The second recommendation was for continued health monitoring. The Japanese government has already begun a study of the estimated doses from external exposure in individuals and has launched a program of thyroid ultrasound examinations for all Fukushima residents.
The final recommendation was that the Japanese government and international organizations make full use of the lessons learned from the Fukushima disaster to continue their effective, long-term cooperation.
It is our hope that the results of the symposium will contribute to a new start for all of Fukushima.
(Originally written in Japanese by Hayashi Aiko, science writer.)
International Expert Symposium in Fukushima: Radiation and Health Risks
|Sunday, September 11||
Sasakawa Yōhei (Nippon Foundation, Japan)
Kikuchi Shin’ichi (Fukushima Medical University, Japan)
Video message by Margaret Chan (Director General, World Health Organization)
“The Accident, the Workers, and the Public,” Akashi Makoto (National Institute of Radiological Sciences, Japan)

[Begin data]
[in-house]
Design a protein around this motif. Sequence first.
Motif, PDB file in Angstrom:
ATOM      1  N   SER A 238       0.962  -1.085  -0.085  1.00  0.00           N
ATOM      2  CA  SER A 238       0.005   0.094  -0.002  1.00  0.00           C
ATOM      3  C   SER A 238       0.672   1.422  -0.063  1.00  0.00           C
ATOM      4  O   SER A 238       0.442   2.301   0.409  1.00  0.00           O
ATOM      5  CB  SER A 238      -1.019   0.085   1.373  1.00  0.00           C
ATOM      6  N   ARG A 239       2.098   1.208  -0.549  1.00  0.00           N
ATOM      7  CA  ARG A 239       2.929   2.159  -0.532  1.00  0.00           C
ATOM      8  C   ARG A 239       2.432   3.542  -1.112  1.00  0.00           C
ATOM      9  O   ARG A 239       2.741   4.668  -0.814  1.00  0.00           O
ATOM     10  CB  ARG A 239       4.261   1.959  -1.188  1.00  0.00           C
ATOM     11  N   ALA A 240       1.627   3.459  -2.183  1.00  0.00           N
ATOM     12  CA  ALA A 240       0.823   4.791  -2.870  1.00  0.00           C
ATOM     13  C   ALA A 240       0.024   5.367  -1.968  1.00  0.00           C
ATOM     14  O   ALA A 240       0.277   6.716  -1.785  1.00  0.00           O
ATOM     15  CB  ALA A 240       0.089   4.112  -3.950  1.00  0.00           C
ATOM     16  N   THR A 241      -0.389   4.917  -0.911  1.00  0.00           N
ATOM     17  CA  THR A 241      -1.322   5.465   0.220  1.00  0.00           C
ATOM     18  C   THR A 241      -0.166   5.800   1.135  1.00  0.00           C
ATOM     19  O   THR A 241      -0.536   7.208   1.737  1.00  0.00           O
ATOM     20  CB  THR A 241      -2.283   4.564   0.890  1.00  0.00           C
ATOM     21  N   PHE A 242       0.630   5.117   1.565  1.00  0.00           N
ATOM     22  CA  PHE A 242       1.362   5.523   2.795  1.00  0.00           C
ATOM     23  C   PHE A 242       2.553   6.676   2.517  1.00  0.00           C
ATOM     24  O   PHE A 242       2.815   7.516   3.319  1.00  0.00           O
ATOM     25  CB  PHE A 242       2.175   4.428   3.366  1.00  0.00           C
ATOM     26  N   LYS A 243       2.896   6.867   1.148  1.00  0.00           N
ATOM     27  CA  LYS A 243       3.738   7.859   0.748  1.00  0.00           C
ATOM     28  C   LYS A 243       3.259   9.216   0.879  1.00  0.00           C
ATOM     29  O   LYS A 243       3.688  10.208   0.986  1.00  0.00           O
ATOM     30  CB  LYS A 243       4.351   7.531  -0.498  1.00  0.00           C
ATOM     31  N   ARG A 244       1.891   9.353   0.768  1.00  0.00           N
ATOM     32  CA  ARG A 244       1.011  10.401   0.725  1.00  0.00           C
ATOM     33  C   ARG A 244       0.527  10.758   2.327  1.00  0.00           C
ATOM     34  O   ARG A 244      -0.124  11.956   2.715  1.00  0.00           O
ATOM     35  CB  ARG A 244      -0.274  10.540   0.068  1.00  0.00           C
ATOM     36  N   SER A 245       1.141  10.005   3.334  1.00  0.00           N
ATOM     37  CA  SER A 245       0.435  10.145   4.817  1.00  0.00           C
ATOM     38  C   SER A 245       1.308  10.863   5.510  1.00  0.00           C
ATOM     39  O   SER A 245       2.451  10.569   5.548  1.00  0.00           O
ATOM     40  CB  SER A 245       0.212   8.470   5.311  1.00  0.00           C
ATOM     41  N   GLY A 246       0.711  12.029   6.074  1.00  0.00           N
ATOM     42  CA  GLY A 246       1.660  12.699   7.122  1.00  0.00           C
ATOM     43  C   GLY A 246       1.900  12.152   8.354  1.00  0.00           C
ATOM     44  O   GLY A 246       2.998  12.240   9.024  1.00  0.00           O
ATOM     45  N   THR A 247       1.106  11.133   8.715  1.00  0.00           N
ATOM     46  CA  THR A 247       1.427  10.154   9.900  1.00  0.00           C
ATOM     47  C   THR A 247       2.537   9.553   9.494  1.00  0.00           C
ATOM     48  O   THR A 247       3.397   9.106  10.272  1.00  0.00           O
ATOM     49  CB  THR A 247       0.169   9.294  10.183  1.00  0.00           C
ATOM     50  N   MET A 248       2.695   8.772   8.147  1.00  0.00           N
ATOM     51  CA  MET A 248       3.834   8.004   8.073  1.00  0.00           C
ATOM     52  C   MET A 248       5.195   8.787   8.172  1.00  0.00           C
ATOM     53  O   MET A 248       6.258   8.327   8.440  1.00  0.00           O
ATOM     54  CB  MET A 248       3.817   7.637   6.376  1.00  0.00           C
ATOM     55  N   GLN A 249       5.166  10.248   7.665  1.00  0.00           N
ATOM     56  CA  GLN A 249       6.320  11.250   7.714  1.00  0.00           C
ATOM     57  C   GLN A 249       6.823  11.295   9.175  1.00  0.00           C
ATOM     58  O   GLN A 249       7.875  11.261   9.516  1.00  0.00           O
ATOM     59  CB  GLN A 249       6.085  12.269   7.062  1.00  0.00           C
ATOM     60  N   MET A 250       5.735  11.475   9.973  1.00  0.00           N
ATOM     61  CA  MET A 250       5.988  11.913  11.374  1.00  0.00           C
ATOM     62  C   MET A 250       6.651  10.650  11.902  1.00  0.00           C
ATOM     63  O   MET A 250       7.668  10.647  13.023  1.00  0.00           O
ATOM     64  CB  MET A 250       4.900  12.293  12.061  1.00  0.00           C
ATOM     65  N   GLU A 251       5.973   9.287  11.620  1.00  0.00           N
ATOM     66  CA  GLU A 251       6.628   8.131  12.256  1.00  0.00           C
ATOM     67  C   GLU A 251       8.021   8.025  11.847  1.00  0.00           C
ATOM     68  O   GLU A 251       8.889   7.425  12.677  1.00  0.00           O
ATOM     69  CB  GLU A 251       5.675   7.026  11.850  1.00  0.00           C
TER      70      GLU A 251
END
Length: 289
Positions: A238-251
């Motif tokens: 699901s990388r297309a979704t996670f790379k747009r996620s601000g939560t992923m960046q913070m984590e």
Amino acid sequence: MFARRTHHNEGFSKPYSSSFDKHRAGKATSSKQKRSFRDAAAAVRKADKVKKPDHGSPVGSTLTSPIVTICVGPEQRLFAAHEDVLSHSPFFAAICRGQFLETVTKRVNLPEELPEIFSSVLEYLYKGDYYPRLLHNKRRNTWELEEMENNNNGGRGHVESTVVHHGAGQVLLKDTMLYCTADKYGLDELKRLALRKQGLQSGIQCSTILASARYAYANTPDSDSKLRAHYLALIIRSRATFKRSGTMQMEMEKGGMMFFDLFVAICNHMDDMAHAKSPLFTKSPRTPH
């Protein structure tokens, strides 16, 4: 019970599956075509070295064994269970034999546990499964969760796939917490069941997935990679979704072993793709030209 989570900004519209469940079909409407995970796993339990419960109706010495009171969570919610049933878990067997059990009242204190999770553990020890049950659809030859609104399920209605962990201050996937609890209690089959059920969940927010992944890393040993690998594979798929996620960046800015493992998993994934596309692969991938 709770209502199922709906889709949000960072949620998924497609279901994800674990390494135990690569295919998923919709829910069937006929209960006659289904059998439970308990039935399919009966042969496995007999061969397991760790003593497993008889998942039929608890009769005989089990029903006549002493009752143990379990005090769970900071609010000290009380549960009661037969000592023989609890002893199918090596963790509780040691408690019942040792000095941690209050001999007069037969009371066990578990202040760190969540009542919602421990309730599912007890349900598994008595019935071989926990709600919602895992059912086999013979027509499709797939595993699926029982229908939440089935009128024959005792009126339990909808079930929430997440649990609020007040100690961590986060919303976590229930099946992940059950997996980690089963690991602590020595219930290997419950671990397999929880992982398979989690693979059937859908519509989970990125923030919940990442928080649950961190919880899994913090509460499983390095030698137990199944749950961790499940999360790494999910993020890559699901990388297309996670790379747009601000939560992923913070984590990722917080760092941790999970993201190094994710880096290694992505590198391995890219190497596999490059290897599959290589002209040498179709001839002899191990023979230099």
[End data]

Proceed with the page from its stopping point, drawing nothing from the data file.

“The Recommendations of the International Commission on Radiological Protection vis-à-vis the Fukushima Daiichi NPP Accident Aftermath,” Abel Julio González (International Commission on Radiological Protection)
Session I: Facts of Fukushima
Cochairs: Takenoshita Seiichi (Fukushima Medical University, Japan) and Maekawa Kazuhiko (University of Tokyo, Japan)
“Radioactive Contamination of the Environment and Radiation Doses to the Public,” Honma Toshimitsu (Japan Atomic Energy Agency)
“Experience and Lessons from the Fukushima Daiichi Nuclear Disaster,” Kamiya Kenji (Hiroshima University, Japan)
“Internal Exposure Caused by the Fukushima Nuclear Accident,” Sakai Kazuo (National Institute of Radiological Sciences, Japan)
Session II: Low-level Irradiation and Health, Challenges Involved in Emergency Medicine
Cochairs: Yonekura Yoshiharu (National Institute of Radiological Sciences, Japan) and Timothy Walker (former director general, Health and Safety Executive, UK)